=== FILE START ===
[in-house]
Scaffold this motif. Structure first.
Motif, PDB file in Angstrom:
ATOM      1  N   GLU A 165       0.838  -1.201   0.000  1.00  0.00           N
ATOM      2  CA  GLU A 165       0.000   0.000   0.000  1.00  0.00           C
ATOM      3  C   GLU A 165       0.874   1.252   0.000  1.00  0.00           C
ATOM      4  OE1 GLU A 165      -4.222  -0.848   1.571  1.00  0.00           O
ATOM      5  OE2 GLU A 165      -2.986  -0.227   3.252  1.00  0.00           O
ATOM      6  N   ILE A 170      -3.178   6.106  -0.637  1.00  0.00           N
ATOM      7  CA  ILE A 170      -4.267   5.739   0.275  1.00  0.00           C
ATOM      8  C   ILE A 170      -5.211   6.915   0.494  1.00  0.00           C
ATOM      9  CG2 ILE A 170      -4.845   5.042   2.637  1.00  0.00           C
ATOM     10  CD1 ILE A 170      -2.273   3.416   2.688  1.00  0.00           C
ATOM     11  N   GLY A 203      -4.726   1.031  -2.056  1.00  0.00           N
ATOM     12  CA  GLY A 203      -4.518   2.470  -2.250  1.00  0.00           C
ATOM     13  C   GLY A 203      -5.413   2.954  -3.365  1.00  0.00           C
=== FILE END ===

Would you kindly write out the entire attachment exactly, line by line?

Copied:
[in-house]
Scaffold this motif. Structure first.
Motif, PDB file in Angstrom:
ATOM      1  N   GLU A 165       0.838  -1.201   0.000  1.00  0.00           N
ATOM      2  CA  GLU A 165       0.000   0.000   0.000  1.00  0.00           C
ATOM      3  C   GLU A 165       0.874   1.252   0.000  1.00  0.00           C
ATOM      4  OE1 GLU A 165      -4.222  -0.848   1.571  1.00  0.00           O
ATOM      5  OE2 GLU A 165      -2.986  -0.227   3.252  1.00  0.00           O
ATOM      6  N   ILE A 170      -3.178   6.106  -0.637  1.00  0.00           N
ATOM      7  CA  ILE A 170      -4.267   5.739   0.275  1.00  0.00           C
ATOM      8  C   ILE A 170      -5.211   6.915   0.494  1.00  0.00           C
ATOM      9  CG2 ILE A 170      -4.845   5.042   2.637  1.00  0.00           C
ATOM     10  CD1 ILE A 170      -2.273   3.416   2.688  1.00  0.00           C
ATOM     11  N   GLY A 203      -4.726   1.031  -2.056  1.00  0.00           N
ATOM     12  CA  GLY A 203      -4.518   2.470  -2.250  1.00  0.00           C
ATOM     13  C   GLY A 203      -5.413   2.954  -3.365  1.00  0.00           C